This Week in History: April 10-16, 2017


This Week in History
by Dianne Hermann

“Whoever wishes to foresee the future must consult the past,
for human events ever resemble those of preceding times.”

Week of April 10-16, 2017

April 10

1790 – Captain Robert Gray is the first American to circumnavigate the globe. He repeats his trek in 1793. Gray died in 1806 at the age of 51.

1849 – Walter Hunt patents the safety pin. He sells the rights for $100. Hunt patents many inventions including the fountain pen, streetcar bell, street sweeper, and nail-making machine.

1865 – General Robert E. Lee issues his last order at Appomattox Court House, General Order #9, praising his soldiers and ordering them to return home.

1866 – The American Society for Prevention of Cruelty to Animals (ASPCA) is founded in New York City by philanthropist and diplomat Henry Bergh.

1869 – Congress passes the Judiciary Act of 1869, which among other things, increases the number of Supreme Court justices from 7 to 9.

1912 – RMS Titanic sets sail for New York City on its first (and only) voyage. The “unsinkable” ship hits an iceberg just before midnight on the 14th and sinks on the morning of the 15th. Titanic’s survivors arrive in New York City aboard the Carpathia on April 18th. Watch grainy silent footage of survivors aboard the Carpathia in New York:

1916 – The Professional Golfers Association of America (PGA) is created in New York City.

1930 – Thiokol synthetic rubber is first produced in Yardley, New Jersey. Two chemists create the substance while trying to invent an inexpensive antifreeze.

1941 – Ford Motor Company becomes the last major U.S. automaker to recognize the United Auto Workers as the representative for its workers.

1947 – Jackie Robinson becomes the first black player in a major league baseball game (Brooklyn Dodgers).

1953 – Warner Brothers premieres the first 3-D film, entitled “House of Wax.” Watch Vincent Price at his scariest:

1961 – Gary Player of South Africa becomes the first foreign golfer to win the Green Jacket at the Masters Golf Tournament in Augusta, Georgia.

1971 – The American table tennis team arrives in China. They are the first group of Americans officially allowed into China since the founding of the People Republic in 1949. The team receives the surprise invitation while in Japan for the 31st World Table Tennis Championship.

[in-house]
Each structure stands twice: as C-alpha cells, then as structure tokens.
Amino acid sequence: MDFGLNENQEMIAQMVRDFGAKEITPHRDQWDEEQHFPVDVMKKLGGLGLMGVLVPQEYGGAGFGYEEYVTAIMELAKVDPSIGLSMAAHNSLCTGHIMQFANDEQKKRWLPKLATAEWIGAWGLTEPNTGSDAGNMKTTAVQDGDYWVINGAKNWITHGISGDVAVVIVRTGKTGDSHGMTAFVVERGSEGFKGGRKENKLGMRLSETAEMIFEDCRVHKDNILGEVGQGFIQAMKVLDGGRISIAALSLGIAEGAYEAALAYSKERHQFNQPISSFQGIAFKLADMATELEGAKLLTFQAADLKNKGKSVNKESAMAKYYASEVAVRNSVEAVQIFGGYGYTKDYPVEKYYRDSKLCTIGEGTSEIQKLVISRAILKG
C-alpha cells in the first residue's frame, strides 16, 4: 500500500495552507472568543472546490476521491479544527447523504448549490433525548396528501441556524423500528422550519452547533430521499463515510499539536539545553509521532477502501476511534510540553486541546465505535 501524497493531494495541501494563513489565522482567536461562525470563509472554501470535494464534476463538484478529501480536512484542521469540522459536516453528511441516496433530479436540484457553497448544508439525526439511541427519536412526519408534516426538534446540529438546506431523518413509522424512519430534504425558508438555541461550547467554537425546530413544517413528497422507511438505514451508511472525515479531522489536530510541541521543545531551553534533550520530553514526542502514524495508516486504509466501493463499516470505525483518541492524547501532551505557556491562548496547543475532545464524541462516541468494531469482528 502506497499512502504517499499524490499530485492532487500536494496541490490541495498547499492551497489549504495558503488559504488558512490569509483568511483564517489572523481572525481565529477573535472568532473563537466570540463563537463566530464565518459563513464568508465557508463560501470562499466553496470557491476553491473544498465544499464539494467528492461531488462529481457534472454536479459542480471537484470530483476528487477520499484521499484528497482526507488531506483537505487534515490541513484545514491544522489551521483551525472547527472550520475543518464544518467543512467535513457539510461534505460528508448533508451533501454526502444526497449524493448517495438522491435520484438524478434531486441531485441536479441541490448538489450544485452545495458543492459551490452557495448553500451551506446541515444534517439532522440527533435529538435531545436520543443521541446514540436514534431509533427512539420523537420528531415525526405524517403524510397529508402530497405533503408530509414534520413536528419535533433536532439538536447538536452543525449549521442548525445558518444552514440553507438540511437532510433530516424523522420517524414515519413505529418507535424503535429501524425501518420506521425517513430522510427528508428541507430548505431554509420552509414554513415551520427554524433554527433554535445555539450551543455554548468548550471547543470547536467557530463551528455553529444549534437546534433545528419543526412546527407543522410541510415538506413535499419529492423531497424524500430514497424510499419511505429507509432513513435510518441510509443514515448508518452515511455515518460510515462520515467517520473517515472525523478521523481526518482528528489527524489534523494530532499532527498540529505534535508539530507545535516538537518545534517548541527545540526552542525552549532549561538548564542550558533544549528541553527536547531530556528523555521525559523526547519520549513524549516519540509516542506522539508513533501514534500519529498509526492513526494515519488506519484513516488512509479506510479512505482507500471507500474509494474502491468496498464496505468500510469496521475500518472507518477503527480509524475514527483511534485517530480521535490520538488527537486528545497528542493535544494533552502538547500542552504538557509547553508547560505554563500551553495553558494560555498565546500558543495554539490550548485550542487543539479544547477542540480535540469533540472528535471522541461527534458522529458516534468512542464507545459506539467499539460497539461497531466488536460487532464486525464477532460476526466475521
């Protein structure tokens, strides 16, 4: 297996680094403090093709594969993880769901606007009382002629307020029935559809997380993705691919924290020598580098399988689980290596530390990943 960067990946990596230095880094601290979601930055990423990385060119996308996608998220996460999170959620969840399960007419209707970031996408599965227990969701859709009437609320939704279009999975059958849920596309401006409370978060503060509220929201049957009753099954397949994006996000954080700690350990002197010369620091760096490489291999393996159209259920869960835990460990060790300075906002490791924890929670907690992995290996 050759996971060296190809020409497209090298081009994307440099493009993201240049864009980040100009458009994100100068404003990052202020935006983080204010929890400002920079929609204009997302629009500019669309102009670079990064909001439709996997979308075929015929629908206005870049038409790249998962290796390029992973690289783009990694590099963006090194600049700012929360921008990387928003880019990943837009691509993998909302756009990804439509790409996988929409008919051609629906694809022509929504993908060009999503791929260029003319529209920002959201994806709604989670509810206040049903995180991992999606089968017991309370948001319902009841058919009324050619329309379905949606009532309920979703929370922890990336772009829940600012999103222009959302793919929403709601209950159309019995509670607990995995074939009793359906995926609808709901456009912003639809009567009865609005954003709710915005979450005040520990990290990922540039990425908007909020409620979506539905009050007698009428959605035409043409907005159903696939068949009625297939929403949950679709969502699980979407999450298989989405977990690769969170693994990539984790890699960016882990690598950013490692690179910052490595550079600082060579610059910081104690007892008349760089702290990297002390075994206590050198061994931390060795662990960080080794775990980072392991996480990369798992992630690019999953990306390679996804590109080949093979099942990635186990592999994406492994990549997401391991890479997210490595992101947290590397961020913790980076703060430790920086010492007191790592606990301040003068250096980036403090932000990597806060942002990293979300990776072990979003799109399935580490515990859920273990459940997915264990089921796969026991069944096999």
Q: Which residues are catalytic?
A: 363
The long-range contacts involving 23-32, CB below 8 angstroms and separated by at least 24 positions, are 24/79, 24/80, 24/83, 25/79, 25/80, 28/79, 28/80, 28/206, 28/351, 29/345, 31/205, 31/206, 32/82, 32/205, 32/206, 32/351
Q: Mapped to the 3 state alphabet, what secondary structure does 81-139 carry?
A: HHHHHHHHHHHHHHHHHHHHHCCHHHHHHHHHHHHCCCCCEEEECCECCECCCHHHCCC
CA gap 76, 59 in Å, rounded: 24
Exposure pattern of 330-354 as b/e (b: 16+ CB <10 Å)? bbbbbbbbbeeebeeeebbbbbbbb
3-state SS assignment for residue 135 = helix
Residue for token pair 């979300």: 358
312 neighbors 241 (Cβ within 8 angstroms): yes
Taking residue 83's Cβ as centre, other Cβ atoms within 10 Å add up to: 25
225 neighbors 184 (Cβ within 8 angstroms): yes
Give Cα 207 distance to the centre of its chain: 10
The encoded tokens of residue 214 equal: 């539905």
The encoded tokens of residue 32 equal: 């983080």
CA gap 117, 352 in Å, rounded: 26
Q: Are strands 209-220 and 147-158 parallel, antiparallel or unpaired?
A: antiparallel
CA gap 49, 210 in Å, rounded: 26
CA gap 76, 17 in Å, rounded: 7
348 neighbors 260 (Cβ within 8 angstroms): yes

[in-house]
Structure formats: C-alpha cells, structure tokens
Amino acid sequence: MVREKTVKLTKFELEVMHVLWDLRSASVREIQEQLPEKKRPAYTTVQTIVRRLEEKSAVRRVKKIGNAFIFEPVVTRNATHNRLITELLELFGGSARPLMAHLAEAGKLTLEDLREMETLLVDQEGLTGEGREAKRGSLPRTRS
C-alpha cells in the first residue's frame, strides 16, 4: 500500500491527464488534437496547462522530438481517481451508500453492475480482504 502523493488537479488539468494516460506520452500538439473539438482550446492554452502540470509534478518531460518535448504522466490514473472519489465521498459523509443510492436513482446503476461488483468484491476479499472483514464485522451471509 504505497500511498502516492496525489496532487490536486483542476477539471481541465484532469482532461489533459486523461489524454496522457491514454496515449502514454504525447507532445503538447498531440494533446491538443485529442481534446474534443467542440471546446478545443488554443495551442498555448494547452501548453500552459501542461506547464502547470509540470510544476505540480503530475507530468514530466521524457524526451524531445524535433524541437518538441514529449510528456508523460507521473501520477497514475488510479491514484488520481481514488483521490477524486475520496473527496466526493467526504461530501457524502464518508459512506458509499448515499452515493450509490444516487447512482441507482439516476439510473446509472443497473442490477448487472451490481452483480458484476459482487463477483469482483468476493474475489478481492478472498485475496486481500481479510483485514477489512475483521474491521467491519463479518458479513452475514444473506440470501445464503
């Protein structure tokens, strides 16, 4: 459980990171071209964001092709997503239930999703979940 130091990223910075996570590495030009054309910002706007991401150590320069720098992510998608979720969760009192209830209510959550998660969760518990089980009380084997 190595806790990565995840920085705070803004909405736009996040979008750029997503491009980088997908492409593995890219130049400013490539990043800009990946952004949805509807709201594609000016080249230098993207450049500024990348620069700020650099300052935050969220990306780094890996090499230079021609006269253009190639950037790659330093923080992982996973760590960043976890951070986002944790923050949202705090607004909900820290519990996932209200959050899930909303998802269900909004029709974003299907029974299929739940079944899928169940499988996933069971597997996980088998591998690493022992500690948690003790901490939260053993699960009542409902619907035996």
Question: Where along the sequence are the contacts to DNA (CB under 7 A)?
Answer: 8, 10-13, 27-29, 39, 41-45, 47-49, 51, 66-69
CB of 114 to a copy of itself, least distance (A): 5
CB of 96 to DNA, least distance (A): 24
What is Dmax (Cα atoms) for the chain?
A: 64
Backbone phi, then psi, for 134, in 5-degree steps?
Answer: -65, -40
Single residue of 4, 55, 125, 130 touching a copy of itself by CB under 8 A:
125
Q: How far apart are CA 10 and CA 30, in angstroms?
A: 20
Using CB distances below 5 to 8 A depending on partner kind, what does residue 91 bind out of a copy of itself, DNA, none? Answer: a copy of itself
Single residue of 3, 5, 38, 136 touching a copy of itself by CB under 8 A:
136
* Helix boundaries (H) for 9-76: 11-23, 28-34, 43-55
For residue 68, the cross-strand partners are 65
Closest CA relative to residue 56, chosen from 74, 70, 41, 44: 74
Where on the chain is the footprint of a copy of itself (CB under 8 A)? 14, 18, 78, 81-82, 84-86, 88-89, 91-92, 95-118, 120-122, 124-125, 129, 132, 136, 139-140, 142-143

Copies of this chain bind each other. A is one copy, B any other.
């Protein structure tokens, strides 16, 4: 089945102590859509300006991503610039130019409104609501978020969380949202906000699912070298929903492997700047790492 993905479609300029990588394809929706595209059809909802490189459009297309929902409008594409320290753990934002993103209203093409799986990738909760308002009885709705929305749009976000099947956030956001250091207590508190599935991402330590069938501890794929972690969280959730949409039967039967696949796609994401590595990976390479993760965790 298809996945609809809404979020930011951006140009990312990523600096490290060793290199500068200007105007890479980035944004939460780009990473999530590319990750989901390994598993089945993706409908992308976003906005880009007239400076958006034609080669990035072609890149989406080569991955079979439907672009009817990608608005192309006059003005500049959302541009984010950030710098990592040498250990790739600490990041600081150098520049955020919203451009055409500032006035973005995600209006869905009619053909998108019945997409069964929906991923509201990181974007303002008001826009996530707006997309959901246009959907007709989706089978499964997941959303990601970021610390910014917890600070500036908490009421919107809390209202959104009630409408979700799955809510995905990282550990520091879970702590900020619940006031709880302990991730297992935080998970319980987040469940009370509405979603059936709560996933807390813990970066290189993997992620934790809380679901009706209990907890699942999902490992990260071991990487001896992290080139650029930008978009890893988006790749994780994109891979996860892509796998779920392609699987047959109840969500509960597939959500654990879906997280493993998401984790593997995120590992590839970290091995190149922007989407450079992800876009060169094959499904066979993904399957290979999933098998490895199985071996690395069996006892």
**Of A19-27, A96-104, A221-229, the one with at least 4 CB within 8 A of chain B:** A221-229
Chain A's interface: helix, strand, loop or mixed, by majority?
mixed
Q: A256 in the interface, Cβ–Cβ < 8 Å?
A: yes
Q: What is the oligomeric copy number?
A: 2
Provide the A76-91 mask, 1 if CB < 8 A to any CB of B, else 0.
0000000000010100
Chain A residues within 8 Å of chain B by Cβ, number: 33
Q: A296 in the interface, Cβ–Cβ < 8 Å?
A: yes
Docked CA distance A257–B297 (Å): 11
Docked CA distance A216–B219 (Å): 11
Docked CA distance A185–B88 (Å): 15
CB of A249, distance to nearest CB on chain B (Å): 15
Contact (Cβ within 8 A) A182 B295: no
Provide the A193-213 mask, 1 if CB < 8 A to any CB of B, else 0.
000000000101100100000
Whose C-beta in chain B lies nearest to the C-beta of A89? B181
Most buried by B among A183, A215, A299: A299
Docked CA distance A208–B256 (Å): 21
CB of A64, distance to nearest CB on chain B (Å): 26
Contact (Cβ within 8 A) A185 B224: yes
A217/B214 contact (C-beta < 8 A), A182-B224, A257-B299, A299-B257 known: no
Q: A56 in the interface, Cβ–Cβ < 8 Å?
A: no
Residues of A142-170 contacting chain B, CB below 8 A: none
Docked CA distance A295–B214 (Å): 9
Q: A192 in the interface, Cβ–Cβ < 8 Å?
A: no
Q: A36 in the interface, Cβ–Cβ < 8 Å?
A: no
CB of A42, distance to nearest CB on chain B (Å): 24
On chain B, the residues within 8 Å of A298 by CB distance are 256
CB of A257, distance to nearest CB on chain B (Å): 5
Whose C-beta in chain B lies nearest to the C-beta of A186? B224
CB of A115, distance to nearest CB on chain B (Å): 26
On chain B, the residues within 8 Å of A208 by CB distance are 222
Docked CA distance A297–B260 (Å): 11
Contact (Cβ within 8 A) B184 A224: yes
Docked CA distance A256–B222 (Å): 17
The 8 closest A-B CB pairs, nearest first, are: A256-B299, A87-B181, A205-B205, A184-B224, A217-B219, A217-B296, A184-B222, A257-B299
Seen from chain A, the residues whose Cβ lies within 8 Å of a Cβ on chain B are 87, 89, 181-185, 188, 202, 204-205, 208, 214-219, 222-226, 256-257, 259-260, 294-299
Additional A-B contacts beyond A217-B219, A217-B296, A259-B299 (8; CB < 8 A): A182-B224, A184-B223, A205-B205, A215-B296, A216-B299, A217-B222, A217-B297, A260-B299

1989 – Heinz, Van Camp Seafood, and Bumble Bee Seafood agree they will not buy tuna caught in nets that also trap dolphins.

1992 – In Los Angeles, financier Charles Keating Jr. is sentenced to nine years in prison for swindling investors when his Lincoln Savings and Loan collapsed. The convictions are later overturned.

1996 – President Bill Clinton vetoes a bill that would have outlawed a technique used to end pregnancies in their late stages (late term abortions).

2001 – Jane Swift takes office as the first female governor of Massachusetts. She succeeds Paul Cellucci, who resigns to become the U.S. ambassador to Canada.

2012 – Apple Inc. claims a value of $600 billion, making it the largest company (by market capitalization) in the world.

April 11

1783 – After receiving a copy of the provisional treaty on March 13th, the U.S. Congress proclaims a formal end to hostilities with Great Britain (aka The Revolutionary War).

1876 – The Benevolent & Protective Order of Elks (BPOE) is organized.

1898 – President McKinley asks for a declaration of War against Spain. Congress passes a resolution on April 20th, giving Spain an ultimatum to relinquish control of Cuba. When they refuse Congress votes to wage war on Spain. The Spanish-American War ends with the signing of the Treaty of Paris on December 10th.

1907 – New York Giant Roger Bresnahan becomes the first baseball catcher to wear protective shin guards. The catcher experiments with protective gear, including the batting helmet.

1921 – Iowa becomes the first state to impose a cigarette tax.

1921 – The first radio broadcast of a sports event airs on Westinghouse station KDKA in Pittsburgh, Pennsylvania. It is the broadcast of a 10-round, no-decision boxing match between Johnny Dundee and Johnny Ray at Pittsburgh’s Motor Square Garden.

1945 – U.S. soldiers liberate the Nazi concentration camp Buchenwald.

1951 – President Harry Truman relieves General Douglas MacArthur of his command of U.S. forces in Korea and replaces him with General Matthew Ridgeway.

1956 – Singer Nat “King” Cole is attacked and injured on stage of a Birmingham theater by whites in an apparent kidnapping. All four attackers are convicted.

1961 – Singer Bob Dylan makes his first public appearance at Gerde’s Folk City in Greenwich Village.